Not your Typical Grandma -- An Interview with Goldman Environmental Prize Winner Rosa Hilda Ramos
Rosa Hilda Ramos accepting Goldman Prize
Rosa Hilda Ramos is a 63-year-old grandmother, environmental activist, and one of the recipients of the 2008 Goldman Prize, recognizing grassroots environmental heroes. Ramos mobilized her community to legally take on the Puerto Rico Electric Power Authority. Now she is using part of the $7 million she won in a judgment against the Power Authority to permanently protect Cucharillas Natural Reserve, one of the largest wetlands in her area. On Earth Day, she arrived in the Puerto Rican legislature with one hundred children dressed as butterflies. The kids came with songs, dances, and origami butterflies. Rosa’s goal is cleaner air for her community and their children -- in other words more butterflies as neighbors, and fewer trucks!
Treehugger (TH): What inspired you to start Communities United against Contamination (CUCCo)?Rosa Hilda Ramos (Ramos): My husband and I bought what we hoped was our dream home in Cataño, across the bay from San Juan, Puerto Rico. We soon discovered we actually bought a nightmare, as the town had the most polluted air on the island. At night, the air became a toxic soup. Cataño had the highest cancer incidence of type O cancer in young people, and also the highest morbidity rate in asthma patients. Cataño was surrounded by polluting industry; none of the industries were in compliance with the Clean Air Act standards.Smokestacks in CatañoTH: How did you form your coalition?Ramos: I visited all the town neighborhoods, door-to-door, house-by-house, explaining the direness of the situation. I work with community leaders, public school teachers, universities, churches, government agencies, and volunteers.
TH: What made you decide to sue the Puerto Rico Electric Power Authority (PREPA)/power plant and what did you learn from that experience?Ramos: After trying to move the Environmental Protection Agency (EPA) and the Puerto Rico Environmental Quality Board to enforce the law and make the industries comply with emission limitations without any success, I went to court without lawyers. No lawyer wanted to represent us because of our monetary limitations. All of the lawyers I consulted thought there was no way we could win against such powerful adversaries, but we succeeded. We were able to force the public utility to both reduce its level of pollutants and pay a $7 million fine.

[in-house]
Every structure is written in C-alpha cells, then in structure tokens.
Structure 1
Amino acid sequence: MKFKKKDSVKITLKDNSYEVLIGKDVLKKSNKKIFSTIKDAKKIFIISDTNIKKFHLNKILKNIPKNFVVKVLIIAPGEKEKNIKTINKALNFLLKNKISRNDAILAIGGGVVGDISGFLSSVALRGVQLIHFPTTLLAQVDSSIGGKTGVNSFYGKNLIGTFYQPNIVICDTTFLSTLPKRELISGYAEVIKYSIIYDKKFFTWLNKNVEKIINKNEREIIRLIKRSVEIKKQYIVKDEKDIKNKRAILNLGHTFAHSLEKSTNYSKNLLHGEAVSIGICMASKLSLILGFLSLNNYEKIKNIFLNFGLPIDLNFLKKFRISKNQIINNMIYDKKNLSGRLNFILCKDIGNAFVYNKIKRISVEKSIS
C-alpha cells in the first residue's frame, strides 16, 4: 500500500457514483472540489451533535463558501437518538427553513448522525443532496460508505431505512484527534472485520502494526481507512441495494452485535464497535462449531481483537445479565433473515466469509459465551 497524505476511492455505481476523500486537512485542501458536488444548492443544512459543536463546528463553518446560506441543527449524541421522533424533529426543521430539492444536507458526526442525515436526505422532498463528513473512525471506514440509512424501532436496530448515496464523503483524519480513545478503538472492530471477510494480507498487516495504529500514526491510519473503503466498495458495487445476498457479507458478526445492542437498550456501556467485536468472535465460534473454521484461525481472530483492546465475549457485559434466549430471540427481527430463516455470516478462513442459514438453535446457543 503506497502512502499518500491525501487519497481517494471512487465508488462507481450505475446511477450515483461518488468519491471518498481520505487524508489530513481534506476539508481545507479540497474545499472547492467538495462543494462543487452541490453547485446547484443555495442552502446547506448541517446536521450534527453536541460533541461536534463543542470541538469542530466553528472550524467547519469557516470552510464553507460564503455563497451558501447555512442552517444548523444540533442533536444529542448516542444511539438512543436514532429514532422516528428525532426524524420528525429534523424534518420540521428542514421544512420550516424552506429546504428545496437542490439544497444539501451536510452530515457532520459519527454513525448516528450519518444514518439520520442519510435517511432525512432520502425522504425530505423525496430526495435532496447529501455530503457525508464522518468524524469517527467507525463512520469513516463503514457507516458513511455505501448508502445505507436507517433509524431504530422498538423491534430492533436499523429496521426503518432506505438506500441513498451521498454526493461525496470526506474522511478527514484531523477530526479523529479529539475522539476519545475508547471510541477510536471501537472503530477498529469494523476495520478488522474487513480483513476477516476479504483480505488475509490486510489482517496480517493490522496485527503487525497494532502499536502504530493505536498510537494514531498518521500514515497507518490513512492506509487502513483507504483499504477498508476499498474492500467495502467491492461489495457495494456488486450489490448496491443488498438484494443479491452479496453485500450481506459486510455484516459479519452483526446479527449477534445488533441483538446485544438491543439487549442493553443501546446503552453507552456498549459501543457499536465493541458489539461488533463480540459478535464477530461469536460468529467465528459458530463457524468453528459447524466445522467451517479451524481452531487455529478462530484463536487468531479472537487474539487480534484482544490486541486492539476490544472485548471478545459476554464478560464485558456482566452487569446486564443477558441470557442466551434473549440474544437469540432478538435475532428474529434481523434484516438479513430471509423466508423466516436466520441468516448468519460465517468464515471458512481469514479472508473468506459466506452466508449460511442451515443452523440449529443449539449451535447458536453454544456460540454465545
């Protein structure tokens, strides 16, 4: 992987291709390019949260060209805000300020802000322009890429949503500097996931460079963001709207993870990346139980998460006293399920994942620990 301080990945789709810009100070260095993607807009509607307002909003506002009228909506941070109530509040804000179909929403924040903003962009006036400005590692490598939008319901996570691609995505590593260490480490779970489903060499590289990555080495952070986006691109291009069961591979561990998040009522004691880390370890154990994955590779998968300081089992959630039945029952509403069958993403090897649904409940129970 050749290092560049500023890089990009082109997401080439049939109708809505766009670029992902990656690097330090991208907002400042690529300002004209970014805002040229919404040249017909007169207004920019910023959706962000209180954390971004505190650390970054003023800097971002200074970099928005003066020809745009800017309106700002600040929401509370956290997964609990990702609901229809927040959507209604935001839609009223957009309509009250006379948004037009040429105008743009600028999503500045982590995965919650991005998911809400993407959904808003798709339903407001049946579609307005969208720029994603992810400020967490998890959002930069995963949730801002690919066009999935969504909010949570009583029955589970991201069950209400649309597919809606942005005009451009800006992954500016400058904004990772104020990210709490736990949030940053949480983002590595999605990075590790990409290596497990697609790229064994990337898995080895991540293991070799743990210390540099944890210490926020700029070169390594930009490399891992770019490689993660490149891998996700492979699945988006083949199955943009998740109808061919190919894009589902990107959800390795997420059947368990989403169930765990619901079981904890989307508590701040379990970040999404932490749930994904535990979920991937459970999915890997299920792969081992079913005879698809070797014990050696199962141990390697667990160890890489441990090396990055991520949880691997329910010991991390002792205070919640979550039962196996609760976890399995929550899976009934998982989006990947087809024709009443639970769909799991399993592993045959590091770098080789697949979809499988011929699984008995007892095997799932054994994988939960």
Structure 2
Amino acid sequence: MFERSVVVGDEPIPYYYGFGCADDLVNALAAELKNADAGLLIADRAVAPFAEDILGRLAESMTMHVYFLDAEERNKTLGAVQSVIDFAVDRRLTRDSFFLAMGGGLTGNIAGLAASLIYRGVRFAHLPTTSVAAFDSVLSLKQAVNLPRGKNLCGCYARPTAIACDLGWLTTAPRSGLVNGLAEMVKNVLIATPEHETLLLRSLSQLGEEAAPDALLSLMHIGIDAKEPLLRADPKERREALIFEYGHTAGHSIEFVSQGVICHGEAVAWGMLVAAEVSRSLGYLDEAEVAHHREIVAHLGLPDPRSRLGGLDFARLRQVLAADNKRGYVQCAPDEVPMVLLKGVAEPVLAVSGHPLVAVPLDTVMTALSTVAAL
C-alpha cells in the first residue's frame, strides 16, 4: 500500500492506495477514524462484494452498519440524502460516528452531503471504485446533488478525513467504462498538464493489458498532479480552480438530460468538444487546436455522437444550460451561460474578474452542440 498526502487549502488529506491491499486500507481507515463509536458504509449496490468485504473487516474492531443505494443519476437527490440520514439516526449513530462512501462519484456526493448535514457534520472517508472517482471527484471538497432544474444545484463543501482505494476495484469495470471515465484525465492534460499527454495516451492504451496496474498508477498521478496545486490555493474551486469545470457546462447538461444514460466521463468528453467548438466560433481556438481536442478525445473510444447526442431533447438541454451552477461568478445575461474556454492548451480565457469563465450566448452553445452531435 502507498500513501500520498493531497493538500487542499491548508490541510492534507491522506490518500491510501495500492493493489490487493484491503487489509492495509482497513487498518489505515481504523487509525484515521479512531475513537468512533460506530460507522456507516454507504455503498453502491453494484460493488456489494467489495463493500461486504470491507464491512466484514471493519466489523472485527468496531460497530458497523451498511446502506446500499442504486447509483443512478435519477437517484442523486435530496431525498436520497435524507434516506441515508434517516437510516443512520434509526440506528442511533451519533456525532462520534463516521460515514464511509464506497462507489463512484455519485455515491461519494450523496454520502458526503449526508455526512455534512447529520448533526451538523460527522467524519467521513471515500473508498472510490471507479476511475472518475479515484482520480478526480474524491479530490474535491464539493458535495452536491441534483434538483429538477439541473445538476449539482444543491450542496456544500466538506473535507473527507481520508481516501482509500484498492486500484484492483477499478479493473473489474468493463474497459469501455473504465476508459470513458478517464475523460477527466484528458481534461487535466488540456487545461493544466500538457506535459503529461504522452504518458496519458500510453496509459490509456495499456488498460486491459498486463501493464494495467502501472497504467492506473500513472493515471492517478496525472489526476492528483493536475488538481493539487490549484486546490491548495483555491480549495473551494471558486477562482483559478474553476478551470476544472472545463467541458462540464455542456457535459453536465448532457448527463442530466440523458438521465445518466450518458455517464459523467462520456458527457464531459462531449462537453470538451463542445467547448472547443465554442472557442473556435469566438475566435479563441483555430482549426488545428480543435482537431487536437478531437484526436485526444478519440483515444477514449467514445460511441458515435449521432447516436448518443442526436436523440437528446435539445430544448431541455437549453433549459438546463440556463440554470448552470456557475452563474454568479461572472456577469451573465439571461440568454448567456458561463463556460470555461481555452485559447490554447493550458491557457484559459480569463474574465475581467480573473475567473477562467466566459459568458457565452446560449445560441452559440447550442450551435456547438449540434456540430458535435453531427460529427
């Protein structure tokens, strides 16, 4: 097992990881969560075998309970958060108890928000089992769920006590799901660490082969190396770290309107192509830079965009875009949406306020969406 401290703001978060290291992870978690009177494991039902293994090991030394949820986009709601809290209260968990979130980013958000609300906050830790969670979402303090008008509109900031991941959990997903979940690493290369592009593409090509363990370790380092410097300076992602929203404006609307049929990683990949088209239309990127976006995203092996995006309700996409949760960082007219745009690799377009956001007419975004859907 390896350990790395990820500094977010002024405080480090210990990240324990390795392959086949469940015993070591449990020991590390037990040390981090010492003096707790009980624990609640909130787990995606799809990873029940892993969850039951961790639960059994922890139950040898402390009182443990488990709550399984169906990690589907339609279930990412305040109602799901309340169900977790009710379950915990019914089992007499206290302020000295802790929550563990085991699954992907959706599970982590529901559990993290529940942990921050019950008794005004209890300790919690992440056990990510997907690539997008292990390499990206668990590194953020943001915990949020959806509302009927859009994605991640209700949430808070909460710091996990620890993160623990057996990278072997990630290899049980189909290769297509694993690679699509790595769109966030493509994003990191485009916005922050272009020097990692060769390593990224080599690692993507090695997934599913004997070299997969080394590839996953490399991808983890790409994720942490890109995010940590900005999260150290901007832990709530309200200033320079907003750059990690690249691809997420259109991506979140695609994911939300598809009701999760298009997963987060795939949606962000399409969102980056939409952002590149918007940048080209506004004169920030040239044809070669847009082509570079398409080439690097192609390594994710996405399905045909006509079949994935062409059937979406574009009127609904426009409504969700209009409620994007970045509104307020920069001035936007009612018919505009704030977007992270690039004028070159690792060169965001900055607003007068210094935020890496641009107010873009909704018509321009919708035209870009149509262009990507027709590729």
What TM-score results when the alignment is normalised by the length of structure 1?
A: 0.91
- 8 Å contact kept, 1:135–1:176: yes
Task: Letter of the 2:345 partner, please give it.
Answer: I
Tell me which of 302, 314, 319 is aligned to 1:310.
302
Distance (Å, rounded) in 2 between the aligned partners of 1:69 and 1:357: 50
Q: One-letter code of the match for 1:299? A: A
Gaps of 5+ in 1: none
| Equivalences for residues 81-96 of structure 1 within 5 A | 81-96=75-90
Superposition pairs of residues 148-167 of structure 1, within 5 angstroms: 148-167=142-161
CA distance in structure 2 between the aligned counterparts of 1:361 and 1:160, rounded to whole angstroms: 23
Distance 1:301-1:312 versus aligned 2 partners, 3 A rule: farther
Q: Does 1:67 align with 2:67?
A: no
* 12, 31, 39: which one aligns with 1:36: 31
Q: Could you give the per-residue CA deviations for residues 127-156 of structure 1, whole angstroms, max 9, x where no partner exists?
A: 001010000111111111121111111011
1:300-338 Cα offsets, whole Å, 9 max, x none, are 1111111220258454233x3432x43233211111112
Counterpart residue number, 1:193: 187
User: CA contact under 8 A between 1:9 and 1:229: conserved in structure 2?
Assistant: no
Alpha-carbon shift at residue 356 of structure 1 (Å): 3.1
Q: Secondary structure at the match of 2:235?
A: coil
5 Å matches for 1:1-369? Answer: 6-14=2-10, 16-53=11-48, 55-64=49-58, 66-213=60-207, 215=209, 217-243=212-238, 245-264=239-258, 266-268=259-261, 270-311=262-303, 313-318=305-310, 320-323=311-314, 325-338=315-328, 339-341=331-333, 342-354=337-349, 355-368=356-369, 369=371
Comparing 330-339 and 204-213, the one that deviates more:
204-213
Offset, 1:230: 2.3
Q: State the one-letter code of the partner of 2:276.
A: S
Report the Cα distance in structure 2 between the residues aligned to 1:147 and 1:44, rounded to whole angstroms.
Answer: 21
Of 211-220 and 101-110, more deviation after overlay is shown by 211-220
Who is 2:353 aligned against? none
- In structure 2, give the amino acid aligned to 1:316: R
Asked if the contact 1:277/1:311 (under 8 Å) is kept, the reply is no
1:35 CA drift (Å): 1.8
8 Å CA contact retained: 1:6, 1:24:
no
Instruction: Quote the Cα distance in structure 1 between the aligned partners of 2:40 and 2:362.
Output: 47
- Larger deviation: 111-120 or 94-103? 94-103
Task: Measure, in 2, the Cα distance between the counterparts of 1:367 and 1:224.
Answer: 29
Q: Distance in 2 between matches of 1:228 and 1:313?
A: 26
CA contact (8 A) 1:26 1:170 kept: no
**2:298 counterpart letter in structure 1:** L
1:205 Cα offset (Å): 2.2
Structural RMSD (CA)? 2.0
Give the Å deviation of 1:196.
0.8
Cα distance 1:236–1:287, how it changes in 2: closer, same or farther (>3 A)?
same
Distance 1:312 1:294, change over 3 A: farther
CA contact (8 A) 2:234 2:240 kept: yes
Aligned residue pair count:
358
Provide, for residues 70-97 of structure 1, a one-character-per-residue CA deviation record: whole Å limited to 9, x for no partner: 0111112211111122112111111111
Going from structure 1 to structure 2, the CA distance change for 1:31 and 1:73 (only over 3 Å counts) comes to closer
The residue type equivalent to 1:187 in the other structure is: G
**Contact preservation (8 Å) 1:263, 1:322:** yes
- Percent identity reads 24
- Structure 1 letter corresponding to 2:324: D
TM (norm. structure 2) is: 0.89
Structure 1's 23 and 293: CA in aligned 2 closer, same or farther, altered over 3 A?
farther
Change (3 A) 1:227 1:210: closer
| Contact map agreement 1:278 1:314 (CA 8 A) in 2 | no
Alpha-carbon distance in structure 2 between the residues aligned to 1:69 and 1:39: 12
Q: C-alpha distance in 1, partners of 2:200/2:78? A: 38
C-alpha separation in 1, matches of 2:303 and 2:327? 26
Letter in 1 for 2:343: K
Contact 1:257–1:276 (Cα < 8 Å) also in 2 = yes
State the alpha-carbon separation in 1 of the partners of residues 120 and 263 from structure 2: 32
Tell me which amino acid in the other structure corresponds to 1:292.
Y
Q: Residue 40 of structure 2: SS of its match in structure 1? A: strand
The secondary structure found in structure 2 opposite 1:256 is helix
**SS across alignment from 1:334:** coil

TH: How did you decide to spend the money to protect Las Cucharillas marsh?Bird in Las Cucharillas Marsh
Ramos: Part of the money will be used to defend myself from a SLAPP [Strategic Lawsuit Against Public Participation lawsuit], part to support the Cucharillas projects, and part to go on a trip with my family. I was never able to travel with my children before. Although they are now all grown up, they will enjoy it.TH: Do you think kids make good lobbyists/?Ramos: If small children are treated with respect and the issues are explained to them in a simple but powerful manner, they are great lobbyists. Who is better prepared to convey a strong message defending the future of our natural resources than our children?
TH: This has been a long and continued fight for you, how do you sustain your energy? And what gives you the strength to keep fighting?Ramos: My family support and that of the community is very strengthening. I try to enjoy life through simple activities. And I pray a lot.
TH: Many people don't think of grandmothers as activists, do you think being a grandmother helped your fight or did people at times take you less seriously?Ramos: You must be kind but strong. Age doesn’t have anything to do with it, but having children and a grandchild is the main reason I fight for a cleaner environment. I want them to be healthy. I try to help people understand the environmental and public health issues and make their own decisions. Pollution isn’t something you can hide under the rug. If you do, the rug will eventually be pulled out from under you.
TH: I love coqui frogs! I have a poster of Puerto Rico with coqui in my office. Can you tell me more about your plans for these frogs?Ramos: Coqui are lovable. The concerts these 17 species perform every night on the island are amazing. Sadly, the coqui are hidden under the leaves and not easily seen. We don’t have a place for people to see them. We are working to build an enclosed glass habitat for them, in order for the world to admire their looks as well as their songs!
This is part of a series of profiles on winners of the Goldman Environmental Prize. Founded in 1990, the prize is given annually to six grassroots environmentalists working for change around the globe. This year's prize winners were announced on April 14.
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